Additionally, the composition of tax burdens can vary greatly by state. Some states have the full slate of taxes such as California with the individual income tax, corporate income tax and sales tax. Other states do without most of the major taxes such as New Hampshire which does not have a individual income tax or sales tax.
All states do, however, have property taxes. As shown in Chart 4, the national state and local property tax burden in FY 2013 was 3.2 percent of personal income. The top three states with the largest property tax burden are New Jersey (5.5 percent), New Hampshire (5.3 percent), and Vermont (5 percent), whereas the bottom three tax burden states are Oklahoma (1.5 percent), Alabama (1.5 percent), and Delaware (1.8 percent).
As shown in Chart 5, the national state and local individual income tax burden in FY 2013 was 2.3 percent of personal income. The top three states with the largest individual income tax burden are New York(4.7 percent), Oregon (4 percent), and Connecticut (3.8 percent), whereas the bottom seven individual income tax burden states are all tied since they do not have the tax: Alaska, Florida, Nevada, South Dakota, Texas, Washington, and Wyoming. Also, New Hampshire (0.1 percent) and Tennessee (0.1 percent) do not have a broad-based individual income tax though they do tax interest and dividends.
As shown in Chart 6, the national state and local corporate income tax burden in FY 2013 was 0.4 percent of personal income. The top three states with the largest corporate income tax burden are Alaska (1.7 percent), New York (1 percent), and New Hampshire (0.8 percent), whereas the bottom four tax burden states are at 0 percent: Nevada, Texas, Washington, and Wyoming.
As shown in Chart 7, the national state and local sales tax burden in FY 2013 was 2.3 percent of personal income. The top three states with the largest sales tax burden are Hawaii (5.1 percent), Washington(4.1 percent), and New Mexico (3.9 percent), whereas the bottom five sales tax burden states are all tied since they do not have the tax: Delaware, Montana, New Hampshire, and Oregon. Alaska (0.6 percent) does not have a state sales tax, but does allow for sales taxes at the local level.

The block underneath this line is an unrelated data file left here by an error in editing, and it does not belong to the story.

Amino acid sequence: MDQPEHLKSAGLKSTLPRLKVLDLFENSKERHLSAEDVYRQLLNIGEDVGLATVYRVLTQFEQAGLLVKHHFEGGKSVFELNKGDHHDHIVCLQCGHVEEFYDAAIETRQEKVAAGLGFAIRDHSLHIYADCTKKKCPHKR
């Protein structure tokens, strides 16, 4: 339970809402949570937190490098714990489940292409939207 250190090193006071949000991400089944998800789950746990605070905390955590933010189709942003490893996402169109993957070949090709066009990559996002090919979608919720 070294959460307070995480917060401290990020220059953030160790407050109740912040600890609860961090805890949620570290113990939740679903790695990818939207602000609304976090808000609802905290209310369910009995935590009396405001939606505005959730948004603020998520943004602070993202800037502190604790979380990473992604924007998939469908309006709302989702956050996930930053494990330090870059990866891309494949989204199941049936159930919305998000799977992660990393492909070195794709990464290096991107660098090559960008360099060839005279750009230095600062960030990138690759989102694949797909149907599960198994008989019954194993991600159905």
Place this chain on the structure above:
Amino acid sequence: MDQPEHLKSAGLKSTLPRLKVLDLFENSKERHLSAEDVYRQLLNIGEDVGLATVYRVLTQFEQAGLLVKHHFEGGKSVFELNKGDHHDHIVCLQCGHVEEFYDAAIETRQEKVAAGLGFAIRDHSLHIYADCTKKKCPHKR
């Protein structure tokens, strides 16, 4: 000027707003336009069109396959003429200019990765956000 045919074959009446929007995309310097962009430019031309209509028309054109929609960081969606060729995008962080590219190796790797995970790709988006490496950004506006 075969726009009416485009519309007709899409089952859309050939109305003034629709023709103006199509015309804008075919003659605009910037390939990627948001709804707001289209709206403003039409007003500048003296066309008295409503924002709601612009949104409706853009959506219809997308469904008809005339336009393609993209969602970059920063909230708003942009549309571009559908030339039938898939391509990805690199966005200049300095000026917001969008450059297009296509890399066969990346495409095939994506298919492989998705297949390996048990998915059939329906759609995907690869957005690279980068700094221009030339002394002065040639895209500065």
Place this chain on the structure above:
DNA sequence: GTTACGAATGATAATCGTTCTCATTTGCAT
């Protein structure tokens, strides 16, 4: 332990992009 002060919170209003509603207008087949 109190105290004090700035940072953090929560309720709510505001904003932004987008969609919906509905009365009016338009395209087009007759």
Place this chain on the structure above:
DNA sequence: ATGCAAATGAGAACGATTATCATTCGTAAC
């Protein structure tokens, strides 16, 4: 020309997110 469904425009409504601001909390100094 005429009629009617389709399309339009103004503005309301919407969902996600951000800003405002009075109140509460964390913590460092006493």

As shown in Chart 8, the national state and local all other tax burden in FY 2013 was 2 percent of personal income. All other taxes is a catch-all for a multitude of taxes--such as the severance tax, various licenses, and the estate tax among others. The top three states with the largest all other tax burden are Alaska (12.3 percent), North Dakota (8.8 percent), and Delaware(4.1 percent), whereas the bottom three tax burden states are Arkansas (0.8 percent), Georgia (1.2 percent), and Kansas(1.2 percent).
Currently, all of the tax burden data presented here at Key Policy Data are based as a percent of personal income. However, this measure can be deceiving because, as noted previously, personal income comes from two basic sources--the private sector and the public sector. This distinction is important because only the private sector can create new income and wealth. The public sector can only redistribute income and wealth via taxes and spending.
Stay tuned for more tax burden analysis utilizing the private sector share of personal income . . .
Finally, another aspect of measuring tax burdens is to adjust for the collection of taxes from businesses or people who do not live within the state. This is called tax incidence analysis. A common example are the taxes to a state from tourists. A proper economic accounting of taxes paid by tourists would transfer the tax burden to the tourist's state of residence.
However, such an analysis is currently beyond the scope of the presentation here. The best source for tax burdens, adjusted for tax incidence, is published by the Tax Foundation in their annual State and Local Tax Burdens publication (pdf). As of Fiscal Year 2011, their study finds that the top three highest tax burden states are New York (12.6 percent), New Jersey (12.3 percent), and Connecticut (11.9 percent); whereas the top three lowest tax burden states are Wyoming (6.9 percent), Alaska (7 percent), and South Dakota (7.1 percent).
Of course, the tax burdens for local government can vary just as much as they do among the 50 states. As such, we have also calculated the local government tax burden for every county in United States—this includes every taxing jurisdiction within the geographic county borders whether it is a city, a special district, or county government itself.
The 10 counties with the highest local government tax burden include: Loving County, Texas (99.6 percent), North Slope Borough, Alaska (78.4 percent), King County, Texas (53.2 percent), Kenedy County, Texas (42.1 percent), Eureka County, Nevada (39 percent), Arthur County, Nebraska (31.7 percent), Borden County, Texas (29.7 percent), Upton County, Texas (27.7 percent), Lake County, Colorado (25.2 percent), and Lander County, Nevada (23.9 percent).
The 10 counties with the lowest local government tax burden include: Southeast Fairbanks Census Area, Alaska (0.0 percent), Shannon County, South Dakota (0.3 percent), Yukon-Koyukuk Census Area, Alaska (0.3 precent), Chattahoochee County, Georgia (0.6 percent), Cleveland County, Arkansas (0.8 percent), Yukon-Koyukuk Census Area, Alaska (0.8 percent), Buffalo County, South Dakota (0.8 percent), McKenzie County, North Dakota (1 percent), Logan County, Oklahoma (1 percent), and Perry County, Arkansas (1 percent).